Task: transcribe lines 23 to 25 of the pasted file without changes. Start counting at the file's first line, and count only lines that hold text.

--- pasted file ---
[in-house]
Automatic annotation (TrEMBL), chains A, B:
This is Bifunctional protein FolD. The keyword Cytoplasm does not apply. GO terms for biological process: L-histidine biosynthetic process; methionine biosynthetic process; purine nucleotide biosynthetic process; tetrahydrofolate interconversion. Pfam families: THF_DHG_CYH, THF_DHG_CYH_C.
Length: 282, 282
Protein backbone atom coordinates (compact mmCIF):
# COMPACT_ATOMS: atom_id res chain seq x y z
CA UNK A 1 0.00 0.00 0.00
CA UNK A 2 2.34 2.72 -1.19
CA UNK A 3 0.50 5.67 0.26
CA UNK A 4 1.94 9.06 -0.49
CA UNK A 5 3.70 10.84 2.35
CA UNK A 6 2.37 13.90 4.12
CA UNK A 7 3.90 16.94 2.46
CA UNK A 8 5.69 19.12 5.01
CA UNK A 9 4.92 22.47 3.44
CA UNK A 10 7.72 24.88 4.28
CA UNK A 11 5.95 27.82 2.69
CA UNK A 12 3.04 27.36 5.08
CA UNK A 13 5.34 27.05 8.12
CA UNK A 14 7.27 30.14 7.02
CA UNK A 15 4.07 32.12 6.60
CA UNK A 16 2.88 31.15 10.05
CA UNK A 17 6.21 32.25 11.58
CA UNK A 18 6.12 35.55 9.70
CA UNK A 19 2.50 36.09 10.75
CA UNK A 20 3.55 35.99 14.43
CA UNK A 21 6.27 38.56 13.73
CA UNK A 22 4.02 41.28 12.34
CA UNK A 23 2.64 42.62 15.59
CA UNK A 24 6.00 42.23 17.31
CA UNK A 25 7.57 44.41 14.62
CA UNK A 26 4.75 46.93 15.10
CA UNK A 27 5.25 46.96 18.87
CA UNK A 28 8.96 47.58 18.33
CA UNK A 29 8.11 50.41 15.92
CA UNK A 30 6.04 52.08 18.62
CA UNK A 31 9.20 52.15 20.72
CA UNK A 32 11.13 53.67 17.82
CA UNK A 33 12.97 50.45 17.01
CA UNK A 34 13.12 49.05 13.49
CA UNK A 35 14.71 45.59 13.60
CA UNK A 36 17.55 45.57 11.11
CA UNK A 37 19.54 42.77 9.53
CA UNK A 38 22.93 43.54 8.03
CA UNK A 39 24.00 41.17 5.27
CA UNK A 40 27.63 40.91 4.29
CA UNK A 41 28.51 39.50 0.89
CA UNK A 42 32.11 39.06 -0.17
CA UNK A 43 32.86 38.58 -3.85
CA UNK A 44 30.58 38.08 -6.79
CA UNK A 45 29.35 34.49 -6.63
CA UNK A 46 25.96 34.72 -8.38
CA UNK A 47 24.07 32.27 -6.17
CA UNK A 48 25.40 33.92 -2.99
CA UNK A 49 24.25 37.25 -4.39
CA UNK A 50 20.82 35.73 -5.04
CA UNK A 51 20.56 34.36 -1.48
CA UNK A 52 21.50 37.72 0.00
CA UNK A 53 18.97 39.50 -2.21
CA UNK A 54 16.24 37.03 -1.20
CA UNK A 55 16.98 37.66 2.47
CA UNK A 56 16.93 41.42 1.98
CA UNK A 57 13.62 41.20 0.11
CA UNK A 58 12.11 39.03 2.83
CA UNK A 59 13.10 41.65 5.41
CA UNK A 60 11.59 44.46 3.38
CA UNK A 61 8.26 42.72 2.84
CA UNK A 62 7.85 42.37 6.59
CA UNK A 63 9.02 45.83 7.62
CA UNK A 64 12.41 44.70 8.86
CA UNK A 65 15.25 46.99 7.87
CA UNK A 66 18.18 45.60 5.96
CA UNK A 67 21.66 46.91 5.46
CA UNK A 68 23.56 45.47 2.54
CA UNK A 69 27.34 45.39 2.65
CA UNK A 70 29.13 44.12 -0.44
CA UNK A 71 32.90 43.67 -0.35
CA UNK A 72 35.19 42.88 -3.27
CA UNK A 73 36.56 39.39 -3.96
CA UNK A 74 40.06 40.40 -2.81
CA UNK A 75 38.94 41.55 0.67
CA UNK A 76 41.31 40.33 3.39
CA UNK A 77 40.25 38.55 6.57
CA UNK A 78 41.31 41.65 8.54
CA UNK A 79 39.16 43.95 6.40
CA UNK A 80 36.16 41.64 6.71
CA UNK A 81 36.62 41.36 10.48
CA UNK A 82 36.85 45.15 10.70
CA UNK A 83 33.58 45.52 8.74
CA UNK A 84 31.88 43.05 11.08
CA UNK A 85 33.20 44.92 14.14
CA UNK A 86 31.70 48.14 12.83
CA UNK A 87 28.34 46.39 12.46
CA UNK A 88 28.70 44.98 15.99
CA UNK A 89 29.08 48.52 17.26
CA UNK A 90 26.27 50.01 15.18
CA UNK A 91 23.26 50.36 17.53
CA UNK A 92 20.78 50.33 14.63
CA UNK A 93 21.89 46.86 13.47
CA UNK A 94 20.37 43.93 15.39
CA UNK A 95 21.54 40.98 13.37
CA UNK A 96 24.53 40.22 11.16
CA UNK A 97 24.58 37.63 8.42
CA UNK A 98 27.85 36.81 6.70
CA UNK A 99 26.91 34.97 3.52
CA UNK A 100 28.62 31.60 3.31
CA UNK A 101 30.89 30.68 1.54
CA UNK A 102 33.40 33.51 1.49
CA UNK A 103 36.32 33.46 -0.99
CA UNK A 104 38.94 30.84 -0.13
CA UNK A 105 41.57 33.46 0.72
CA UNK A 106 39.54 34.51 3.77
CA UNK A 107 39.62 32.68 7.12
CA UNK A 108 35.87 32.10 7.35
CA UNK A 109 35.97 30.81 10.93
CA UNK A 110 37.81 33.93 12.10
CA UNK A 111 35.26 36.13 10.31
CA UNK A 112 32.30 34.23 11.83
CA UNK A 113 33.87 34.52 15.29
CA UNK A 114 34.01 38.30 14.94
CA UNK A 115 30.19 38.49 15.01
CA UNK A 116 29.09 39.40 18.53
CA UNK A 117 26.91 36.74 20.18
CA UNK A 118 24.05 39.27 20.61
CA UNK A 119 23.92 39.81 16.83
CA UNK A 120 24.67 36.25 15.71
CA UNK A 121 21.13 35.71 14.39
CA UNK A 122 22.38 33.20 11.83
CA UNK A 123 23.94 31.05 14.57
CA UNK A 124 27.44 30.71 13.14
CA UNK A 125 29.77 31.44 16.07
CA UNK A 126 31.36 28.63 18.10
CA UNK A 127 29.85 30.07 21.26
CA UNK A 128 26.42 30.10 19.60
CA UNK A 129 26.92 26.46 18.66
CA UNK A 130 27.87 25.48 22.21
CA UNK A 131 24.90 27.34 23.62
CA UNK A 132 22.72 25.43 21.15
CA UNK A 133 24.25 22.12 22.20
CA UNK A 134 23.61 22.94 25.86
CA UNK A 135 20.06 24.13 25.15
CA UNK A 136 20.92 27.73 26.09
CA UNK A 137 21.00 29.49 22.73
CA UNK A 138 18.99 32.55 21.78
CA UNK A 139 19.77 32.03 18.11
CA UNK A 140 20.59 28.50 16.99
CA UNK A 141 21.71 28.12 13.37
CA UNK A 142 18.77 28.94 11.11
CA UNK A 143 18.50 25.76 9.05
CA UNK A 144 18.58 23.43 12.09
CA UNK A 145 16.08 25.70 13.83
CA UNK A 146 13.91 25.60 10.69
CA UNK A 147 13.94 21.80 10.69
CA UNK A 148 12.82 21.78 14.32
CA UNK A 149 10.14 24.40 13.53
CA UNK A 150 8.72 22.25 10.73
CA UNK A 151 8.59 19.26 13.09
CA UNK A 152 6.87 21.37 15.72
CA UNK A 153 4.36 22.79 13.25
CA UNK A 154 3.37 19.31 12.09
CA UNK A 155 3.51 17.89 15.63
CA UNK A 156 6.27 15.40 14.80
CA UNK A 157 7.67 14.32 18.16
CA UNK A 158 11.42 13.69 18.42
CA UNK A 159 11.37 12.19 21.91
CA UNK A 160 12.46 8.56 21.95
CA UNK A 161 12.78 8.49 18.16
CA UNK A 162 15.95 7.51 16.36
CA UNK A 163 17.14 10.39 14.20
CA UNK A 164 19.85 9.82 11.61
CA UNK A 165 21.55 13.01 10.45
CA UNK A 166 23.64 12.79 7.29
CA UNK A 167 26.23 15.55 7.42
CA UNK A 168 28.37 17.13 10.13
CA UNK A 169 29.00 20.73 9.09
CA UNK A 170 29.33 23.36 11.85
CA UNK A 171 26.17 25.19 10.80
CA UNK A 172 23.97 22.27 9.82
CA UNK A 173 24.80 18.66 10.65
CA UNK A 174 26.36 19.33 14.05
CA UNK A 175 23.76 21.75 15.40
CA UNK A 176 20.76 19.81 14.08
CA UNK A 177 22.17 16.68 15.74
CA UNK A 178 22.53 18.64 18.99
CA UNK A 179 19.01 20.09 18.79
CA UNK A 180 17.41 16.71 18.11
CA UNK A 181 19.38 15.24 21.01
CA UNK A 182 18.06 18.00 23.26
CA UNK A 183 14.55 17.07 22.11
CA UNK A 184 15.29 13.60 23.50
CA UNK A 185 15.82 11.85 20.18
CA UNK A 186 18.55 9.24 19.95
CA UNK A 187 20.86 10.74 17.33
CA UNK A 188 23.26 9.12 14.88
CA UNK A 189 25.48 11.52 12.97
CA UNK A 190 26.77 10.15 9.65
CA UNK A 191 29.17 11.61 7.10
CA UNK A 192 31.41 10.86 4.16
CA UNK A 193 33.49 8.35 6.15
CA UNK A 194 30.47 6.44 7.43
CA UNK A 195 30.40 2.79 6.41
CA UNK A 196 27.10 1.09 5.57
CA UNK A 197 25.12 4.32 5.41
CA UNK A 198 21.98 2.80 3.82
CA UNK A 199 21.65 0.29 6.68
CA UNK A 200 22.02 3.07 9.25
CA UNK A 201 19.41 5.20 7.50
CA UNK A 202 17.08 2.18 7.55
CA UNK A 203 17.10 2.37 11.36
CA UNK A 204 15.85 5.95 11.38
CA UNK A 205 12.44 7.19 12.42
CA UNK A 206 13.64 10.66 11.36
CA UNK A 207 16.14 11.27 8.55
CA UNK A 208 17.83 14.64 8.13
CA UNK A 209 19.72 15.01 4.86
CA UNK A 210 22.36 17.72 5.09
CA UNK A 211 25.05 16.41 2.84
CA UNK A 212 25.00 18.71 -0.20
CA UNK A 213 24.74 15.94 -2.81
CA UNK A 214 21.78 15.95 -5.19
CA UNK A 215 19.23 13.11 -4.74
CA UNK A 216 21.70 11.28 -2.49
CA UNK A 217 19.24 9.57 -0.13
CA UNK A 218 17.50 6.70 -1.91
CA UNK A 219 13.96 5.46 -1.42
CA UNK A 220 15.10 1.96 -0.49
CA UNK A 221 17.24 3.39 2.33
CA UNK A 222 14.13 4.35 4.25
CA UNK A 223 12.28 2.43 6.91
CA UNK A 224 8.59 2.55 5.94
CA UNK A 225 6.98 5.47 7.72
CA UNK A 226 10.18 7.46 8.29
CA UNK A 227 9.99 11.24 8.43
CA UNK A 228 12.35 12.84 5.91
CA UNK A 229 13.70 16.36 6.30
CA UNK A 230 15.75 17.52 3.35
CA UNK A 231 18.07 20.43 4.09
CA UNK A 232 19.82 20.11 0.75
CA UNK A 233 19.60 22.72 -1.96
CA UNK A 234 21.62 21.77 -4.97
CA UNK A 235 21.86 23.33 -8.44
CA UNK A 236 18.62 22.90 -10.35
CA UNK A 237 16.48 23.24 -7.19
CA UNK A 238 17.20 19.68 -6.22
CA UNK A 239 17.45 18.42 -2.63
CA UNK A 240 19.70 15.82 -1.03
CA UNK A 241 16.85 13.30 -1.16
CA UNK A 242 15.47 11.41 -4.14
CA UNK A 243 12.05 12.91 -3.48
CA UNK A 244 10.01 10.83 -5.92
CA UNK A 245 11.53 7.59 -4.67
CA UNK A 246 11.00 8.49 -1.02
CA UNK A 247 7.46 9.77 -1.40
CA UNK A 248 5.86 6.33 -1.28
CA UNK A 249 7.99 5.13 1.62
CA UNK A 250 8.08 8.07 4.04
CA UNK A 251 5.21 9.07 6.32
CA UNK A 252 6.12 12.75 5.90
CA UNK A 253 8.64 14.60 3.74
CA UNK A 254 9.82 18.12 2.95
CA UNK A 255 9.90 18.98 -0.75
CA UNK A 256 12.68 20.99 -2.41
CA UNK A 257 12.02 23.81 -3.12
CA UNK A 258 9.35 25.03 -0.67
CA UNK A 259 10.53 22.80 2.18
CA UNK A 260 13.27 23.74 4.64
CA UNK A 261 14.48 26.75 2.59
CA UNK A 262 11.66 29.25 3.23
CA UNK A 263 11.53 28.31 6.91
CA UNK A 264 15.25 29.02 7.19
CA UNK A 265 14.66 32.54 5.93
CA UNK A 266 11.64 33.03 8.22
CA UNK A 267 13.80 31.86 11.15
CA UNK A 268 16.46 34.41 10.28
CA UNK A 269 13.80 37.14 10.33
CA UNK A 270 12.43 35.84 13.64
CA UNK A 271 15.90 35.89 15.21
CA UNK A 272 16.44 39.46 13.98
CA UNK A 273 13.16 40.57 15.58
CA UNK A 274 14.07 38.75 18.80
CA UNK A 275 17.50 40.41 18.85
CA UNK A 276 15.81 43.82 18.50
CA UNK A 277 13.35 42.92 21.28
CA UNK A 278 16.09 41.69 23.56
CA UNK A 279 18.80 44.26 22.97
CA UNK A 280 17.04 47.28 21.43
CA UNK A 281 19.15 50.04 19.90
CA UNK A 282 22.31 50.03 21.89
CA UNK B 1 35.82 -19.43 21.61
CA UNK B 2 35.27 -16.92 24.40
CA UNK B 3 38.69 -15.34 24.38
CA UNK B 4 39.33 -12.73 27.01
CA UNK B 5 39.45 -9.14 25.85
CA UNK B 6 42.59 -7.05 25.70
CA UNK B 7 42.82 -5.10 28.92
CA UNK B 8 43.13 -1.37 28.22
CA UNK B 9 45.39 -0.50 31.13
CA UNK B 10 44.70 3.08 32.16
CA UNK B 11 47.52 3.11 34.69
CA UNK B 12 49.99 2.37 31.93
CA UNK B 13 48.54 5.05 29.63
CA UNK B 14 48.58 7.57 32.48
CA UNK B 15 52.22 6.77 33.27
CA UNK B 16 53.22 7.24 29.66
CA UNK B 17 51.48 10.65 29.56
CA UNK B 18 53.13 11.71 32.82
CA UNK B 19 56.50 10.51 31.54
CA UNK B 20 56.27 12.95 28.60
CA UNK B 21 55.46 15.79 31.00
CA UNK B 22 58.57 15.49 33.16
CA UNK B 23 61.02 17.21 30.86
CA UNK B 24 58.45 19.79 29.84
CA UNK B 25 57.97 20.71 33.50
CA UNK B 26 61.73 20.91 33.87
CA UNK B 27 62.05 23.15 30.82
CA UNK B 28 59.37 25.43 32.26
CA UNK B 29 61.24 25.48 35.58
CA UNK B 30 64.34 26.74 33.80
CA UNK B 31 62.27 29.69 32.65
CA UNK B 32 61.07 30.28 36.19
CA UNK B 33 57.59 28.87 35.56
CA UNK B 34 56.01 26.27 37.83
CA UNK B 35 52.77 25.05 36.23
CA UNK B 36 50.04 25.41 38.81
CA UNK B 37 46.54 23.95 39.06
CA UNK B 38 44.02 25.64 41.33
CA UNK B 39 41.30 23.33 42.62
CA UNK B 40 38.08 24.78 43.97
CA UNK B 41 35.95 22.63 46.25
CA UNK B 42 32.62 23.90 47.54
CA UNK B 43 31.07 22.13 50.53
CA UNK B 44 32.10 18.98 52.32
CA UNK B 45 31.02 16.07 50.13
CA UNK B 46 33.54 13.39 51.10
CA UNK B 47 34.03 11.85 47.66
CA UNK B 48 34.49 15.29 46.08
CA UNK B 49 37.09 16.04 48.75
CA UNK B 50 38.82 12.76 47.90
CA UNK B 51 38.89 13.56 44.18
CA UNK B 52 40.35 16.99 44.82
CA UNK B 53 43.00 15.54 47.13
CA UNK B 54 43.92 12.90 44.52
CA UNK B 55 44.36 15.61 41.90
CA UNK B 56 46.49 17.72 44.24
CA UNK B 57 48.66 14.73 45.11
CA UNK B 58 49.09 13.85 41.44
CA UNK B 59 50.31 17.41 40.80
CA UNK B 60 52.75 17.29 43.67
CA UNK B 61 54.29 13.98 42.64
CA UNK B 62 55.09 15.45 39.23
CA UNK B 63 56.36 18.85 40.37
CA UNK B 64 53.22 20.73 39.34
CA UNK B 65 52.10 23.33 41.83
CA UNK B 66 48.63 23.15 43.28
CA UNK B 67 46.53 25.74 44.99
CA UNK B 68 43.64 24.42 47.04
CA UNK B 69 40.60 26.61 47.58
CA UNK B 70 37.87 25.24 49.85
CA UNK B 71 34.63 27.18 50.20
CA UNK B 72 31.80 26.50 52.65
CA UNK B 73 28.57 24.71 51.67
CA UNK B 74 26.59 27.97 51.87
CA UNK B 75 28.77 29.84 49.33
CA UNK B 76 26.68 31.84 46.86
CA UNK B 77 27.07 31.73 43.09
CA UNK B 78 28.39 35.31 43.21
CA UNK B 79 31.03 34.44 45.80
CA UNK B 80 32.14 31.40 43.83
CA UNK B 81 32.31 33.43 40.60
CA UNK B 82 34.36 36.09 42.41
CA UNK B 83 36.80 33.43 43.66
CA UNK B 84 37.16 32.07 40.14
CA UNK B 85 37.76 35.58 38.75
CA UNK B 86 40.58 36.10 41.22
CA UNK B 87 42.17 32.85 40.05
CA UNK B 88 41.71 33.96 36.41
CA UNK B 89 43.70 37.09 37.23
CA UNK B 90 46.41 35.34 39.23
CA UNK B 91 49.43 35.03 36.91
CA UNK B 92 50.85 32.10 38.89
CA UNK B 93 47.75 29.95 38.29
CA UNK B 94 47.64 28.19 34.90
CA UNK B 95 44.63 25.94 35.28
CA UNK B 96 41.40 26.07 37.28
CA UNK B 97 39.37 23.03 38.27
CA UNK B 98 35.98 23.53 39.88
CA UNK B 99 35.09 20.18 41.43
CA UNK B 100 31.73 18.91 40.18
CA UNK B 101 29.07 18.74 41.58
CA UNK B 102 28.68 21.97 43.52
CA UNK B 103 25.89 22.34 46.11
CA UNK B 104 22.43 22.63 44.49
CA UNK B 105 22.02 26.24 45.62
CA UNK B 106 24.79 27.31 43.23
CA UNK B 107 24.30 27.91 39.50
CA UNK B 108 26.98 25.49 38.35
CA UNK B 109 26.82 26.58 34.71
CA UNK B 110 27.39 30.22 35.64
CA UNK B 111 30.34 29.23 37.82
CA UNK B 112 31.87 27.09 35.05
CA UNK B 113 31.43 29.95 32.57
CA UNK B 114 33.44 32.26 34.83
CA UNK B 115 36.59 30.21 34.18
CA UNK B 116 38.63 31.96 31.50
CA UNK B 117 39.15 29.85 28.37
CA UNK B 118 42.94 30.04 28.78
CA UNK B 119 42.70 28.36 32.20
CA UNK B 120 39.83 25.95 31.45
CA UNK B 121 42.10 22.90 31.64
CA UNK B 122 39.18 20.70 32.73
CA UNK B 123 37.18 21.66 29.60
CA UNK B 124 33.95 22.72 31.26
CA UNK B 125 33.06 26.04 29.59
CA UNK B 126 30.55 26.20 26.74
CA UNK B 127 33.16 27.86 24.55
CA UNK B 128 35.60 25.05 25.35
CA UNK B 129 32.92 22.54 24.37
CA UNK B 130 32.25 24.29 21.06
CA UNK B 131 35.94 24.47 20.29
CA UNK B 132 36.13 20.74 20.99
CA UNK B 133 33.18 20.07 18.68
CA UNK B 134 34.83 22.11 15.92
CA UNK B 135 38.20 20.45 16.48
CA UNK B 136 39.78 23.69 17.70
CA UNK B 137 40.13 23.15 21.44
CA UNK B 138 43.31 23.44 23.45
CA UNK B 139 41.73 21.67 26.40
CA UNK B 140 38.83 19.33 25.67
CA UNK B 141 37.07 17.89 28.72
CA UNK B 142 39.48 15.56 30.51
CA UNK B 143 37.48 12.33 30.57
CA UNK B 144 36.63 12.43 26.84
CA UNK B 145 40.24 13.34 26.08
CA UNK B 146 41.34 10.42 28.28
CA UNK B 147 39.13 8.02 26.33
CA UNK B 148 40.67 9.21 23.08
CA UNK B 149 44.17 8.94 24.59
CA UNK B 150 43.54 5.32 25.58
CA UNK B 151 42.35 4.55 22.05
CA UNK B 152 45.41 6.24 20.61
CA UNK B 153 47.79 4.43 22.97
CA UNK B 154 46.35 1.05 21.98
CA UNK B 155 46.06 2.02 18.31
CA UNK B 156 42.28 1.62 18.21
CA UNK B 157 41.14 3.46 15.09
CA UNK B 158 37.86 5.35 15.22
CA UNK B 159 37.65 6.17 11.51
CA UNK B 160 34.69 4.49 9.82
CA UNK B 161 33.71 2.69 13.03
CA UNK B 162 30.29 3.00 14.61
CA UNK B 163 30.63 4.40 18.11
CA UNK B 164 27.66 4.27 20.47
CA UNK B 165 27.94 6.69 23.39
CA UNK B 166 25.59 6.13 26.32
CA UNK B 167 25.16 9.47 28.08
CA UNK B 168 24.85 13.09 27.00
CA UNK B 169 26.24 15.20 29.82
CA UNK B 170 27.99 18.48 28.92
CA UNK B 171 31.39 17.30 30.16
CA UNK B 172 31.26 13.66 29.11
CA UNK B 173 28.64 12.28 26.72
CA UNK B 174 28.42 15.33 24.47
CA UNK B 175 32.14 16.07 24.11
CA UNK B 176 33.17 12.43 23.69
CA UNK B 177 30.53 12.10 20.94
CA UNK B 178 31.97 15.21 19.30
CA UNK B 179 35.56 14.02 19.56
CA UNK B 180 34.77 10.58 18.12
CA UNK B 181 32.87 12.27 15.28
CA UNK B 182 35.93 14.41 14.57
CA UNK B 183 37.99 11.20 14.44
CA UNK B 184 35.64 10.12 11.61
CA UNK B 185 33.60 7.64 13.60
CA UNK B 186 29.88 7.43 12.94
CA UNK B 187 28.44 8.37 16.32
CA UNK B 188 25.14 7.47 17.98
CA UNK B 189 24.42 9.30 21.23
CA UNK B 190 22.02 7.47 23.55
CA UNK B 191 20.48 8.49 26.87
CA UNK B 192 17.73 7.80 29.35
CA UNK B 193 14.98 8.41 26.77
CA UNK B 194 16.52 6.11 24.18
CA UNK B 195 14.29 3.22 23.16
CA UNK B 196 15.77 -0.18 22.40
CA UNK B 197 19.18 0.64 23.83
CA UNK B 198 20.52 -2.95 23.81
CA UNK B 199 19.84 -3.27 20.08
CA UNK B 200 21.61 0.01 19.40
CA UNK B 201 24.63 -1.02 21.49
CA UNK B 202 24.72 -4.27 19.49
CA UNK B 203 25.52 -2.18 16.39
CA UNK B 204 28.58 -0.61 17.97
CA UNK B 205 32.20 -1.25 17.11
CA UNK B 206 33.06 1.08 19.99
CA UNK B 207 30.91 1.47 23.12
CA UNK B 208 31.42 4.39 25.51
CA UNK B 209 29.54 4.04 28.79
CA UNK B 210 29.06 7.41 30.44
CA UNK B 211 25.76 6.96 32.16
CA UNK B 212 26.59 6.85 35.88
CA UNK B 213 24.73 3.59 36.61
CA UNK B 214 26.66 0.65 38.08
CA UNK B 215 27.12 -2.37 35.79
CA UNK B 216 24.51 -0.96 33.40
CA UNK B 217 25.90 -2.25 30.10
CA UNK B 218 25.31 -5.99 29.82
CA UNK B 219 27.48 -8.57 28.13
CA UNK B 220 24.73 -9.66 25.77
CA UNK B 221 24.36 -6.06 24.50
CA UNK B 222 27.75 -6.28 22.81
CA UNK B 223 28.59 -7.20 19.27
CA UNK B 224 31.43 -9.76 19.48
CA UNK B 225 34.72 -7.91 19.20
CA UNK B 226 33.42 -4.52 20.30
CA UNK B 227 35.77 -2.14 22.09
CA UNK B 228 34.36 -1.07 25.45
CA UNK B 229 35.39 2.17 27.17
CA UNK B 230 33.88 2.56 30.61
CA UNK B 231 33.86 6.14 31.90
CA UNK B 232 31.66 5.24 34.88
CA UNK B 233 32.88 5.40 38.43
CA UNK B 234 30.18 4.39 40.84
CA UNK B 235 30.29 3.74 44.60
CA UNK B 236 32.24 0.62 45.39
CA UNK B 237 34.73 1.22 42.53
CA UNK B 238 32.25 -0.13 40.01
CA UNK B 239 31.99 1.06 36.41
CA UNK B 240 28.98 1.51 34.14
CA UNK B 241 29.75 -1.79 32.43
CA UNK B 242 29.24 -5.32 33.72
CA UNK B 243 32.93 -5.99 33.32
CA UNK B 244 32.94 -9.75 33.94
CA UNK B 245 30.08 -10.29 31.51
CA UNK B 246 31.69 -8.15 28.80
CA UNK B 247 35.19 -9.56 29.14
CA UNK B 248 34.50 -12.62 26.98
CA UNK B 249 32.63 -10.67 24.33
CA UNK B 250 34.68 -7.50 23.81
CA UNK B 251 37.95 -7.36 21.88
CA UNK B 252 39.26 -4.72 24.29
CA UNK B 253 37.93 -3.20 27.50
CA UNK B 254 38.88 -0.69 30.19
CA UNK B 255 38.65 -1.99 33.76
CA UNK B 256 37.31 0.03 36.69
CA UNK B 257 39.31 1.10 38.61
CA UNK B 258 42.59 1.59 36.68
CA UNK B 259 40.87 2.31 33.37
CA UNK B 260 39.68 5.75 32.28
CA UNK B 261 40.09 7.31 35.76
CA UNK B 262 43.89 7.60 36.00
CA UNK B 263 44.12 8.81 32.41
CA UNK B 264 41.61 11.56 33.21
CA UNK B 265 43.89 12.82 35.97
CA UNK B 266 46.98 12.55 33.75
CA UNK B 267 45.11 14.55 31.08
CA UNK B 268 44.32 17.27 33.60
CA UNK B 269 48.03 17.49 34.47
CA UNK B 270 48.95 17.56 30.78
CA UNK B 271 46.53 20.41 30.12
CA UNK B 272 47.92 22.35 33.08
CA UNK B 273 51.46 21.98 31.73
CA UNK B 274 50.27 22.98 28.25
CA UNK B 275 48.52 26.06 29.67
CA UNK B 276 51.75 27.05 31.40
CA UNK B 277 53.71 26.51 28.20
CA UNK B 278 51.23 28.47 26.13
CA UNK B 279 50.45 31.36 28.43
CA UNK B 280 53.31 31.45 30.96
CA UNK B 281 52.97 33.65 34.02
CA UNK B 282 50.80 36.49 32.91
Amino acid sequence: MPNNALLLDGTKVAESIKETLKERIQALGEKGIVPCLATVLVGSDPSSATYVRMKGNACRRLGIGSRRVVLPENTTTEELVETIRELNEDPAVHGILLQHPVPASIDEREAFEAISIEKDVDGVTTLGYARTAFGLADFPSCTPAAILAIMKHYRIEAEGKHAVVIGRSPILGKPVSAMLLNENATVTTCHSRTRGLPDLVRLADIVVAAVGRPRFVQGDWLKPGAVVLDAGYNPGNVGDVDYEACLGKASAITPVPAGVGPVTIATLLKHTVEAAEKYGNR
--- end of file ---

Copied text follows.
CA UNK A 17 6.21 32.25 11.58
CA UNK A 18 6.12 35.55 9.70
CA UNK A 19 2.50 36.09 10.75